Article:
Sunday, January 25, 2009


passA partial-page update is initiated by a client request (an asynchronous postback) to the server. The server processes the request and returns a response to the client.

If the browser does not receive a response in a specified time, the Sys.WebForms.PageRequestManagerTimeoutException is raised. To change the interval that elapses before asynchronous postbacks time out, set the AsyncPostBackTimeout property of the ScriptManager control.

If an error occurs on the server while the request is being processed, an error response is returned to the browser and the Sys.WebForms.PageRequestManagerServerErrorException exception is raised. To customize error handling and to display more information about the server error, handle the AsyncPostBackError event and use the AsyncPostBackErrorMessage and AllowCustomErrorsRedirect properties. For an example of how to provide custom error handling during partial-page updates, see Customizing Error Handling for UpdatePanel Controls.

If the response to an asynchronous postback returns without an error but there is an error processing the response in the client, the Sys.WebForms.PageRequestManagerParserErrorException is raised. For information about how to handle this error condition, see ASP.NET AJAX Debugging and Tracing Overview.

How to avoid this problem:

1. Calls to Response.Write():
Place an or similar control on your page and set its Text property. The added benefit is that your pages will be valid HTML. When using Response.Write() you typically end up with pages that contain invalid markup.

2. Response filters:
The fix might just be to not use the filter. They're not used very often anyway. If possible, filter things at the control level and not at the response level.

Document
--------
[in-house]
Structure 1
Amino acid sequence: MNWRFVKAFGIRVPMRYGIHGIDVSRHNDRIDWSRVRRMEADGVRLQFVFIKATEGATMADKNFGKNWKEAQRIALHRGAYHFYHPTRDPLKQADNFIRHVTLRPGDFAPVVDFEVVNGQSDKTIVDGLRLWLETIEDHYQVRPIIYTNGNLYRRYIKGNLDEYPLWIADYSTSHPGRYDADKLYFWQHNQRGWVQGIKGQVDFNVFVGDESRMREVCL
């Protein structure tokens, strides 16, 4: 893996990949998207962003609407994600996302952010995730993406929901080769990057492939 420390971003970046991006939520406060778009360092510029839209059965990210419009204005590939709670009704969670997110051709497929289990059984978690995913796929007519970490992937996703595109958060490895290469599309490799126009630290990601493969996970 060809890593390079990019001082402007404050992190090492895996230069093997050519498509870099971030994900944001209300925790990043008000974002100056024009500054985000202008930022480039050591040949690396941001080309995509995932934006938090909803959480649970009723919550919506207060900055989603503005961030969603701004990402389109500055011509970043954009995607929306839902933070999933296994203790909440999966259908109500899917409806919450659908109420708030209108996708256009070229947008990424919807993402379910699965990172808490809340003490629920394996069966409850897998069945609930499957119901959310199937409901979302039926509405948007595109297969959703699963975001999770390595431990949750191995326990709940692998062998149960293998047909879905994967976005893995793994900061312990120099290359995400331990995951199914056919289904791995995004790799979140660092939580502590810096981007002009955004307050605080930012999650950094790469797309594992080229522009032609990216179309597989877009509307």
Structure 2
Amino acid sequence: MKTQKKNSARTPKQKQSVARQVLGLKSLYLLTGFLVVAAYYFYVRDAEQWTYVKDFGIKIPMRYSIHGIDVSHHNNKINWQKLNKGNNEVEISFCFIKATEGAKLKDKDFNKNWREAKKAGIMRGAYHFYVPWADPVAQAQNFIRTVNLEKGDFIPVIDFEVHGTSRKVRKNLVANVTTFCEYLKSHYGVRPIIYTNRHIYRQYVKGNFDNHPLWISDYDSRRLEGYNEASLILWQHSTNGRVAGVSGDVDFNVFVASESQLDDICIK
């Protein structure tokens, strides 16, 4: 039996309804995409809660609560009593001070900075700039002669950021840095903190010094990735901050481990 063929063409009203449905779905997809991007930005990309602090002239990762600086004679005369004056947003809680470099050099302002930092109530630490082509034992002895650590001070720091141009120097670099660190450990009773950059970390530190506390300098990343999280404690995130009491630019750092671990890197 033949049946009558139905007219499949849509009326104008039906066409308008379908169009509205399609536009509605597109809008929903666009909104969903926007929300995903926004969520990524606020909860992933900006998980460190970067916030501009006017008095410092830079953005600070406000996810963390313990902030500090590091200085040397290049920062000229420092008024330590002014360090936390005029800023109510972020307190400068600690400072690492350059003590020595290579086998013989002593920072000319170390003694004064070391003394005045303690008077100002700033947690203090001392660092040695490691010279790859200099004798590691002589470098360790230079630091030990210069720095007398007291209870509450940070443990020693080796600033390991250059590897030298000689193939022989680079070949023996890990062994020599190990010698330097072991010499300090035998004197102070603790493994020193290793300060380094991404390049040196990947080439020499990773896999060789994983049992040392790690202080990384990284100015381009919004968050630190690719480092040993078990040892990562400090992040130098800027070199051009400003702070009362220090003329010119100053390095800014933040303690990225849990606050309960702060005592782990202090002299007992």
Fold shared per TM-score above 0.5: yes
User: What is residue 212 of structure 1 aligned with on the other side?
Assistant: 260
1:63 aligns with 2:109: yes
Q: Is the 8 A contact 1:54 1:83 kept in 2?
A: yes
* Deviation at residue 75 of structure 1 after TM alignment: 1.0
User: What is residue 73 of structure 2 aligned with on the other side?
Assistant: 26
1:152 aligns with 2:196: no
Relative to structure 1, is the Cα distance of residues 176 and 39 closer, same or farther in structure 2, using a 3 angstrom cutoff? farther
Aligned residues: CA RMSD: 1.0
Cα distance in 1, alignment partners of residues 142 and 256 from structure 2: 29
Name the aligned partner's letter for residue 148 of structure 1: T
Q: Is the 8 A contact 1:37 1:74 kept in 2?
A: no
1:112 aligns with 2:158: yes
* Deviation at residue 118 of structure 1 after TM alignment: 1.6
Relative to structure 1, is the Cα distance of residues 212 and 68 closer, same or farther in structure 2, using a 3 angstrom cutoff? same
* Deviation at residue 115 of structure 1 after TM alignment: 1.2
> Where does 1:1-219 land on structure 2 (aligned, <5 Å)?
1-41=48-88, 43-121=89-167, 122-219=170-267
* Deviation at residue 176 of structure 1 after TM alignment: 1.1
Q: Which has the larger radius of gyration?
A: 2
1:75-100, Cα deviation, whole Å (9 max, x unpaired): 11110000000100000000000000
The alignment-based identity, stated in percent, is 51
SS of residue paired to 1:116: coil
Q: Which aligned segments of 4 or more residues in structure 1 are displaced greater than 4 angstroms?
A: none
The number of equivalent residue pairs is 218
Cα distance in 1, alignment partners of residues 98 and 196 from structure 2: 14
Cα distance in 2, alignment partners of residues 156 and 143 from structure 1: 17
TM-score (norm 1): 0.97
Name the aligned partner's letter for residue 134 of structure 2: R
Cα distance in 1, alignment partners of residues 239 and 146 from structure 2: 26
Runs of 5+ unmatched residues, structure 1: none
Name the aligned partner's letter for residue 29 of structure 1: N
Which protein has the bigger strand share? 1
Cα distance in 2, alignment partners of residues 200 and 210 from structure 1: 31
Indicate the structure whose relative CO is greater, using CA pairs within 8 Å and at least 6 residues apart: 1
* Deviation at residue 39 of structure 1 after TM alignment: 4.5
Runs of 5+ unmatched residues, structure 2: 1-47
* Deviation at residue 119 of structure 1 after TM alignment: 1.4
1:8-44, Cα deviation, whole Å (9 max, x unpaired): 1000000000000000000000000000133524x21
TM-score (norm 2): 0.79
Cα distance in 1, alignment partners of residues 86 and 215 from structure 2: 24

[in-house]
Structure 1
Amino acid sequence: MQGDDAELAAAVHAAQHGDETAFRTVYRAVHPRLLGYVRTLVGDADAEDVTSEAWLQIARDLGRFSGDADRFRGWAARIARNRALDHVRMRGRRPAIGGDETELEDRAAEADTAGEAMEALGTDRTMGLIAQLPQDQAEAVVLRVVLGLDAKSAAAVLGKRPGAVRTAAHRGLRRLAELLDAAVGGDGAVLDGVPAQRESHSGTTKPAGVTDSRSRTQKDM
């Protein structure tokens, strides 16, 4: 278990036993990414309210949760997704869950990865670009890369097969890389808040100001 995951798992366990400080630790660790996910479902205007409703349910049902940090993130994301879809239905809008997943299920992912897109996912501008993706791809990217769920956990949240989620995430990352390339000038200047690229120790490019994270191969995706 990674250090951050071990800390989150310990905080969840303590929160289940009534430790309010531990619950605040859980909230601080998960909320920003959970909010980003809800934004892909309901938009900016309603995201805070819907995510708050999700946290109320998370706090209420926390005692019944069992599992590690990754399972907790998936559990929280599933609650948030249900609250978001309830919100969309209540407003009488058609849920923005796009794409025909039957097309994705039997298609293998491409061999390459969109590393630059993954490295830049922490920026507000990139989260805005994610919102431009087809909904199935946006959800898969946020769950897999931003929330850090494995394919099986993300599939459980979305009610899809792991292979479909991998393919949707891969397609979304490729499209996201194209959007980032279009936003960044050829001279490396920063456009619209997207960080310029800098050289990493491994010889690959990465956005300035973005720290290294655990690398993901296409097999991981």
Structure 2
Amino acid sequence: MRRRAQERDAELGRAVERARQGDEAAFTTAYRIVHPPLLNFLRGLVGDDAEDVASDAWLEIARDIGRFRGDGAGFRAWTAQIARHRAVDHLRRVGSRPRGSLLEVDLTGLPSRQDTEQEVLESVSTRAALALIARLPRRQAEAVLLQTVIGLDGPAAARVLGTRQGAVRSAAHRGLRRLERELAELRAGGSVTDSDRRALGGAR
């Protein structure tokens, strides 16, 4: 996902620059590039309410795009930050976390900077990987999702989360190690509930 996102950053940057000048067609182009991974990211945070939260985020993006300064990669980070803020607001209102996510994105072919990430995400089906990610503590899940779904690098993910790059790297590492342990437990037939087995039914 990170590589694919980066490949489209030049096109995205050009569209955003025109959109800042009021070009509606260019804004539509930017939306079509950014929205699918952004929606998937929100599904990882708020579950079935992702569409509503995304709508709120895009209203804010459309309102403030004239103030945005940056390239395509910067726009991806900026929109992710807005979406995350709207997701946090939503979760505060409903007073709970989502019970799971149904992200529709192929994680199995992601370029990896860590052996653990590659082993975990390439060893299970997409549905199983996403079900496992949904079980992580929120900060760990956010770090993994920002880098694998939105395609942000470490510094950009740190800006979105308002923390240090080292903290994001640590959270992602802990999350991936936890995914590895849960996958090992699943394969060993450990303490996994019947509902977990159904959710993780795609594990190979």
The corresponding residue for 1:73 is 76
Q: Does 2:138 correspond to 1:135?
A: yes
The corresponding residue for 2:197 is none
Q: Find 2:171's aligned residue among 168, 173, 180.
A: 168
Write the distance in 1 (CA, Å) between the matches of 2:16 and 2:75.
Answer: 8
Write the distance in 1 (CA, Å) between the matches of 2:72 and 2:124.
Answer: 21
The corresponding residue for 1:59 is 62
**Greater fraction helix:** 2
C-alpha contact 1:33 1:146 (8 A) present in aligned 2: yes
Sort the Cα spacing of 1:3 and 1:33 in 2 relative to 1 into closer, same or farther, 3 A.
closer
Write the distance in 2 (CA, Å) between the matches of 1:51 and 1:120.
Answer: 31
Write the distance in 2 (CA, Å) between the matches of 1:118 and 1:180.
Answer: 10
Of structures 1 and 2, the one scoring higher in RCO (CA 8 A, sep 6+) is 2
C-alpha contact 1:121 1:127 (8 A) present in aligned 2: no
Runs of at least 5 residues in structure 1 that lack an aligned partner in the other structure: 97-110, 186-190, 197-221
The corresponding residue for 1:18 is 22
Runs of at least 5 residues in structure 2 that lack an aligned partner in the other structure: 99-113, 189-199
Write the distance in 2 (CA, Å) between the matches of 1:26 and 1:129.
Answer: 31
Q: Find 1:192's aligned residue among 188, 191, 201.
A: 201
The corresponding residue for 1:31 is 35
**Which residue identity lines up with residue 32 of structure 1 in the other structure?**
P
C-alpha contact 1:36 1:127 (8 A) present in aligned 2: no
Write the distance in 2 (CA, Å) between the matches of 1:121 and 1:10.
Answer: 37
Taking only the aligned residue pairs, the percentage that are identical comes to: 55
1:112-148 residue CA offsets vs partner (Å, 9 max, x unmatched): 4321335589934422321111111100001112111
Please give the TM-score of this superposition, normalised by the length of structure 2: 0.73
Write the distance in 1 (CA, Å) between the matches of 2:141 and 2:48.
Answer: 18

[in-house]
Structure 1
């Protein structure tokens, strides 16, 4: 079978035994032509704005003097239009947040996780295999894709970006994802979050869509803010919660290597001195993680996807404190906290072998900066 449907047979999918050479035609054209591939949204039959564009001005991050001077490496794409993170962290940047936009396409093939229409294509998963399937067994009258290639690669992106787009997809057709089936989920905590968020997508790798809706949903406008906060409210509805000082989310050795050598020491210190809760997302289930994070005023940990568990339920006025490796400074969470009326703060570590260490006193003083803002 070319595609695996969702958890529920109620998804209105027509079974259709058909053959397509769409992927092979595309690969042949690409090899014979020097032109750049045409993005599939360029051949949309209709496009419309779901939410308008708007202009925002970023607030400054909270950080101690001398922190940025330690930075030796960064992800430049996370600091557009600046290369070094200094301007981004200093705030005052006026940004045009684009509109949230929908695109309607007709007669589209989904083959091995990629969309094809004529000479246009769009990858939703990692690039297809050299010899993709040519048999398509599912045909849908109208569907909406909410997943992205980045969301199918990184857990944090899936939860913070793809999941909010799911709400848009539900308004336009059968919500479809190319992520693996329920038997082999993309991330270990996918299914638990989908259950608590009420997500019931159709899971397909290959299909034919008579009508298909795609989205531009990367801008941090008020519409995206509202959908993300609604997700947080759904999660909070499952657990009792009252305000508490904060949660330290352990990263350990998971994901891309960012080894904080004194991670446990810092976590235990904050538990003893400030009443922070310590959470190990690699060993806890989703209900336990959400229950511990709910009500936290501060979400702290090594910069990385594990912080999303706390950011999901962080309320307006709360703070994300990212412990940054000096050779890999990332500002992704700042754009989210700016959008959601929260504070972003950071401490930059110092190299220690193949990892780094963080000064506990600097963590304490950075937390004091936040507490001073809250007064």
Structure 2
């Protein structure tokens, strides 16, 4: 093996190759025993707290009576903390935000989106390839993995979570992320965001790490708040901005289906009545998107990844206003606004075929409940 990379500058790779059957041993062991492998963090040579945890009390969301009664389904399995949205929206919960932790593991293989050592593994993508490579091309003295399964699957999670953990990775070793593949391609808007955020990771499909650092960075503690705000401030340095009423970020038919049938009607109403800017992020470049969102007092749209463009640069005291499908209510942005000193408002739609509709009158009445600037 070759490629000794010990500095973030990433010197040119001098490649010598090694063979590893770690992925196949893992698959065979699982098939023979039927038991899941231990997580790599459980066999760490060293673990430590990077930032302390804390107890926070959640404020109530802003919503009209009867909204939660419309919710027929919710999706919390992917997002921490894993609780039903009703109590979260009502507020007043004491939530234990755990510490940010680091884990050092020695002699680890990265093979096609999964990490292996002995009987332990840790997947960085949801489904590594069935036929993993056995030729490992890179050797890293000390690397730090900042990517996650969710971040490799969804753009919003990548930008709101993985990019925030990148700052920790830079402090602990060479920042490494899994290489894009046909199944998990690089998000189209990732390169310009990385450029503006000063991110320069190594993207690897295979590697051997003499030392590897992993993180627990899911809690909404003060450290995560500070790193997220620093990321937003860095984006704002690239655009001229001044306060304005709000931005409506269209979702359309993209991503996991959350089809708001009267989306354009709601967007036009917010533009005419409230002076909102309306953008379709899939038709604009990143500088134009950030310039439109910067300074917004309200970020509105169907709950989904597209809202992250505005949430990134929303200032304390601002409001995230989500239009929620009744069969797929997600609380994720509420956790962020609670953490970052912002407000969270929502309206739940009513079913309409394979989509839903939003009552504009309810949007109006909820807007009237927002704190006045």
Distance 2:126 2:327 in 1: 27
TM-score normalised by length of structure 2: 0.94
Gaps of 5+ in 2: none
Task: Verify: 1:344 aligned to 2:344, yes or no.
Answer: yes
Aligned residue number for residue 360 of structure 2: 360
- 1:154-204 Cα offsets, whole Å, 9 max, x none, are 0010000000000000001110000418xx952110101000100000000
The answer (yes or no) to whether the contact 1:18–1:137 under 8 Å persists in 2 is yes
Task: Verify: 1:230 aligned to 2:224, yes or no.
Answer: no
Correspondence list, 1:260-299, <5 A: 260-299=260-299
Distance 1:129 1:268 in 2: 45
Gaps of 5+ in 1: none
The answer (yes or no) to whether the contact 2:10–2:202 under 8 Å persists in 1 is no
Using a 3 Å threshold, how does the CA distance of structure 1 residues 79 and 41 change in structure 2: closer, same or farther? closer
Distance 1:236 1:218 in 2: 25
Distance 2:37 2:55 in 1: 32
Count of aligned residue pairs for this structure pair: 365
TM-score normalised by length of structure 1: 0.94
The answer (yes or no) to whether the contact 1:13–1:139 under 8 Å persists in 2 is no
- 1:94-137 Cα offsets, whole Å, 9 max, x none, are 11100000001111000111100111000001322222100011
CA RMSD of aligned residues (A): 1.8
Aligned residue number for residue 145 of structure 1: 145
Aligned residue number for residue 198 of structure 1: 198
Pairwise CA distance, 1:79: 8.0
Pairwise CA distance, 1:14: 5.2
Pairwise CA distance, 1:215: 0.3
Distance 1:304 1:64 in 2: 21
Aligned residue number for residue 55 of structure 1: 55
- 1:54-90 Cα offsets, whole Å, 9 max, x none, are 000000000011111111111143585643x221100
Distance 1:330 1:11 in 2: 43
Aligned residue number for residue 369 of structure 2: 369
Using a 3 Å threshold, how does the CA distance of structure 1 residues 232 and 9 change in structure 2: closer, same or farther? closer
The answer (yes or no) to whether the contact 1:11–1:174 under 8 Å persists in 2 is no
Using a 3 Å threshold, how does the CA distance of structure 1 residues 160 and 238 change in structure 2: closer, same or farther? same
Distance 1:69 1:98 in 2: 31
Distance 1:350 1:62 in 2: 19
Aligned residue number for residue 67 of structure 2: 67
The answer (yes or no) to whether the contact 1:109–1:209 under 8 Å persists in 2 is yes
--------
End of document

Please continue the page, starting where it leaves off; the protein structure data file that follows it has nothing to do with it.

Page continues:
3. HttpModules:
Same as response filters.

4. Server trace is enabled:
Use some other form of tracing, such as writing to a log file, the Windows event log, or a custom mechanism.

5. Calls to Server.Transfer():
I'm not really sure why people use Server.Transfer() at all. Perhaps it's a legacy thing from Classic ASP. I'd suggest using Response.Redirect() with query string parameters or cross-page posting.

Another way to avoid the parse error is to do a regular postback instead of an asynchronous postback. For example, if you have a button that absolutely must do a Server.Transfer(), make it do regular postbacks. There are a number of ways of doing this:

1. The easiest is to simply place the button outside of any UpdatePanels. Unfortunately the layout of your page might not allow for this.
2. Add a PostBackTrigger to your UpdatePanel that points at the button. This works great if the button is declared statically through markup on the page.
3. Call ScriptManager.RegisterPostBackControl() and pass in the button in question. This is the best solution for controls that are added dynamically, such as those inside a repeating template.


Hope it will resolve this problem. You can add your comments here.

Vijay Modi

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